Wednesday, August 23, 2006

A Madrasah vs. "The Point": Any Difference?

It’s always nice when Mark Hyman wears his xenophobia on his sleeve. It at least lends his editorializing the benefit of being sincere.

Hyman comes right out and says that the recent terrorist plot uncovered in Britain “demonstrated that multi-generation Europeans of foreign descent have shown more allegiance to radical Islam values from abroad than to their own country or to Western values.” The main culprit? Multiculturalism, of course.

And what is multiculturalism? According to Hyman, it’s “the push to have immigrants, their children, and their children's children adhere to the values, customs and ideals they left behind rather than assimilate into Western society.”

Odd. That’s not what any of the several dictionaries I’ve looked at say. Not even close. Most say something similar to this: “the preservation of different cultures or cultural identities within a unified society, as a state or nation.”

What we’ve got here is another example of Hyman setting up a straw man and wasting his time knocking it down.

The evidence of his detachment from reality is evident from his own words. He says, “multiculturalism supporters view Americanization as offensive. They see the adoption of U.S. and Western values to be repugnant.”

If I came across such a statement in an essay by a student, I’d scribble in the margin, “Where’s your evidence? Give an example or cite a source.”

Hyman doesn’t because he can’t. The multiculturalists he conjures up exist only in his fevered imagination.

He then makes a similar jump when he says, “Because of multiculturalism, home-grown terrorists have terrorized Spain, France and Britain.”

Really? Again, I have to ask: what’s the evidence? Lacking that, what’s at least a hypothetical explanation for how multiculturalism might conceivably lead to terrorism, even in theory? We don’t get either.

It would be bad enough if Hyman wasted our time with argumentative tactics that would embarrass a first semester composition student, but there’s real ugliness in his comments as well, specifically, the blanket judgment that “multi-generational” Europeans of foreign descent have more allegiance to radical Islam than to Western values.

Note the lack of any qualification of this statement. Not “some.” Not “many.” According to Hyman, this is true of all such people, apparently including the many descendents of foreign-born immigrants who aren’t even Islamic.

That’s where his commentary goes from simply being naïve and manipulative and veers into the ugly realms of xenophobia and racism.

In fact, Hyman has more in common with the radical Islamists than he would ever suspect. Like the militant mullahs who preach hatred of those who don’t conform to their narrow view of religious righteousness, Hyman’s voice calls out his own form of radicalism, egging on his listeners to despise those who don’t think, believe, talk, and behave the exact way they do.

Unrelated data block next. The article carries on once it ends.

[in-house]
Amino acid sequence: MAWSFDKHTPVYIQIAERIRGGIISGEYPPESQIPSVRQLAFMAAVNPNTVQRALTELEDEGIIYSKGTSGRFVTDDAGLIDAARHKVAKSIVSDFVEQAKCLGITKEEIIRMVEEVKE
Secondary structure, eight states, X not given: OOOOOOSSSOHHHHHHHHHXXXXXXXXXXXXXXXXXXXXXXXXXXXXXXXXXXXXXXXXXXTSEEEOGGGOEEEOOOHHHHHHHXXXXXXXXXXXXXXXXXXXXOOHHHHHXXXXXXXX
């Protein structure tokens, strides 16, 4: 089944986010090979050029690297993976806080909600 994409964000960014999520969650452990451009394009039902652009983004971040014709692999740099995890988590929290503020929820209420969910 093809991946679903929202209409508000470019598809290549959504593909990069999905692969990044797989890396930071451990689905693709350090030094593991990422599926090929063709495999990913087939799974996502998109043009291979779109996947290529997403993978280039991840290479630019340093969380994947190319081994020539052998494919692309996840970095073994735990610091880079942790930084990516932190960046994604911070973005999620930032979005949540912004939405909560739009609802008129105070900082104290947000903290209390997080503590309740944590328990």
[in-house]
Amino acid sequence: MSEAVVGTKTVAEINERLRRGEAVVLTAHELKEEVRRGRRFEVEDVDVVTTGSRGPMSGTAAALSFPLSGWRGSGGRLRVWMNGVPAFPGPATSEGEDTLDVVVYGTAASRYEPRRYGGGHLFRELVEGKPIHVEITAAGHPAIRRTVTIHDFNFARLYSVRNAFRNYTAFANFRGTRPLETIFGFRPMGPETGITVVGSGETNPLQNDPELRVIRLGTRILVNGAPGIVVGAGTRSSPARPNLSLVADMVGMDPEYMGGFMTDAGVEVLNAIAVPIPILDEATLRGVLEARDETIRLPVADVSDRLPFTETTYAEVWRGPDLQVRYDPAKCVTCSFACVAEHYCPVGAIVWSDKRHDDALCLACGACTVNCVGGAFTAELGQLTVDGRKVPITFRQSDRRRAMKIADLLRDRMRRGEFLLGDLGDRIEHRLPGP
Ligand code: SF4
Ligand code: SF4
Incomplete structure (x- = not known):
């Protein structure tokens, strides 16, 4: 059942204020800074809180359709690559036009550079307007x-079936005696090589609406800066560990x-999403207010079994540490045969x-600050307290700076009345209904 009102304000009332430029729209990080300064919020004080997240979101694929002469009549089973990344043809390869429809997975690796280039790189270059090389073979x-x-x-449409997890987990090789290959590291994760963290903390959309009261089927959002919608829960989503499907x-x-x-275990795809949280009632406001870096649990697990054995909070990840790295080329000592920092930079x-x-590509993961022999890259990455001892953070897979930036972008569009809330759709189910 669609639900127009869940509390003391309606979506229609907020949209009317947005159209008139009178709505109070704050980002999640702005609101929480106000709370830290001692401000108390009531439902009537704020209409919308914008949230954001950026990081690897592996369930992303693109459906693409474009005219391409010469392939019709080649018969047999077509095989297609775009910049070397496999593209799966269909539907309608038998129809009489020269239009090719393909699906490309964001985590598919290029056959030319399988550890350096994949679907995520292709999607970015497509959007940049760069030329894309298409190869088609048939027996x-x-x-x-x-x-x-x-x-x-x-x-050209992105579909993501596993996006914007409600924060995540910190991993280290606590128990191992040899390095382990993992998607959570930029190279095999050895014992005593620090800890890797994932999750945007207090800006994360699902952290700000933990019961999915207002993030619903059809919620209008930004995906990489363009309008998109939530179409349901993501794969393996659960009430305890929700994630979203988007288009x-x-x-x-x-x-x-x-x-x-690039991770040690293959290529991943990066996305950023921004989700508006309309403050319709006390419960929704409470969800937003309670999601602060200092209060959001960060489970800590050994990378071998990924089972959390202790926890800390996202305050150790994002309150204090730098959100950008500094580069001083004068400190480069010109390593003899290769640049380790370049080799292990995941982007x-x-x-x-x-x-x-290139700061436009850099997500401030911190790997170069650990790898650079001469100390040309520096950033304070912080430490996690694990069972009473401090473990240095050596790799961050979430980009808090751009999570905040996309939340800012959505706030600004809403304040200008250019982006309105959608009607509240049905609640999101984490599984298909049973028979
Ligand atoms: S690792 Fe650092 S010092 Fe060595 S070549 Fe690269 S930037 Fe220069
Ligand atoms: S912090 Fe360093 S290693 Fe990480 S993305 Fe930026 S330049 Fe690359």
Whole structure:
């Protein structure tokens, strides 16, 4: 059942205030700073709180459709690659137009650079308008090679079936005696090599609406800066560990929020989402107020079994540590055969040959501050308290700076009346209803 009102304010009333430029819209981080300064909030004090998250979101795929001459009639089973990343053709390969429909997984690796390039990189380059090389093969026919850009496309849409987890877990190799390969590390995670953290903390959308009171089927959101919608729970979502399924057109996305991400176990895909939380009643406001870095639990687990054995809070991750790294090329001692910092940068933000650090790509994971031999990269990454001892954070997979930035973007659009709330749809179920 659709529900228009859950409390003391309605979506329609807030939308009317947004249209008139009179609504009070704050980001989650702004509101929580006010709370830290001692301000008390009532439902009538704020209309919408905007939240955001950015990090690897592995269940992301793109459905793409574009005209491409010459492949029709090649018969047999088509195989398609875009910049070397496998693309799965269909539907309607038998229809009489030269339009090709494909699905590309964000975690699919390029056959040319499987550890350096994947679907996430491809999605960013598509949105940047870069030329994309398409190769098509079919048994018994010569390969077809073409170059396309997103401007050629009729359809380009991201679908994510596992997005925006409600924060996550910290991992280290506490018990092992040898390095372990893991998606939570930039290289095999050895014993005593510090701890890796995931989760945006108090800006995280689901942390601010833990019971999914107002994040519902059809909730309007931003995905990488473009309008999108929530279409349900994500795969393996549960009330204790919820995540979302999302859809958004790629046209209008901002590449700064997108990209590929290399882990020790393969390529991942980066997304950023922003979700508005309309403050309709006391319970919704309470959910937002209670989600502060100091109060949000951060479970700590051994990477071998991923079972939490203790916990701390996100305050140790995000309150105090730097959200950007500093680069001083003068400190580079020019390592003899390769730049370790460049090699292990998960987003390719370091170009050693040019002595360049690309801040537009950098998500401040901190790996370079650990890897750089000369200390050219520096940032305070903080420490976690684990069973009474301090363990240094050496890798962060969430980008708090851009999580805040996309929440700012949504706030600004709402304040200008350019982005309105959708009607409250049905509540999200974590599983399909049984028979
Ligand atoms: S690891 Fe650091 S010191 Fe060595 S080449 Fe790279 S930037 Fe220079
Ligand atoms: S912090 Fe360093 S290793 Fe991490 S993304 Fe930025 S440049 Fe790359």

In place of the minarets of the Imam’s, Hyman has broadcast antennae. But both the radical Imam and Hyman work on the same principle: gain influence by convincing those who are scared, gullible, and unsure of themselves to hate the “Other.” The “Other” is responsible for your problems. The “Other” is responsible for the world’s problems. It is not only acceptable to hold them in contempt, but a duty. Those who suggest problems are complex and solutions subtle just don’t get it. The answer is unswerving belief in what is obviously right (which is whatever the Imam or the Hyman says it is) and elimination of the “Other.”

Multiculturalism (the real thing, not Hyman’s cartoon version) is a danger to both the radical Islamists and the Hymans of the world. The basic tenet of it is that people who are different can recognize and accept differences, yet still get along and forge a unity that transcends differences without erasing them. Such a vision is anathema to those whose power and/or sense of self is built on the delusion that they have direct access to Truth and that their status among the “elect” can only be proved to themselves and each other through labeling those outside their circle as inferior nonbelievers out to harm the righteous.

As much as their practitioners might deny it, the rhetoric of radical Islam and the radical right are wonderful gifts to one another. More than that—they are two sides of the same coin (and not very different sides, for that matter).

Which would still be fine if the rest of us didn’t have to live with the results. While the Islamists call America the “Great Satan” and label the West as degenerate, and the radical right mouth stupidities such as “they hate us because they hate our freedom,” the work on actual solutions to the problems that lead to radicalism (helping the poor, greater access to education, compromises on political and international issues, and yes, a healthy sense of multiculturalism in an increasingly multicultural world) is put off.

We find ourselves in a Catch-22: to work on the solutions that will end radicalism, we must first end radicalism.

Perhaps the first step out of this conundrum might simply be for those of us with the power to oust radicals in positions of leadership (i.e., those of us living in societies where we can vote out our leaders) to do just that.

And that’s The Counterpoint.

Hyman Index: 7.69

For another recent riposte to Hyman's views on multiculturalism, see this earlier edition of The Counterpoint.


At 10:02 AM, Anonymous Anonymous said...


If/when you compose your textbook on propaganda in the U.S., would you have to have Hyman as your co-author?

I mean, he IS an awfully rich source of material.

At 1:39 PM, Blogger Ted Remington said...

I guess I'd have to. I certainly wouldn't want to be accused of plagiarism!



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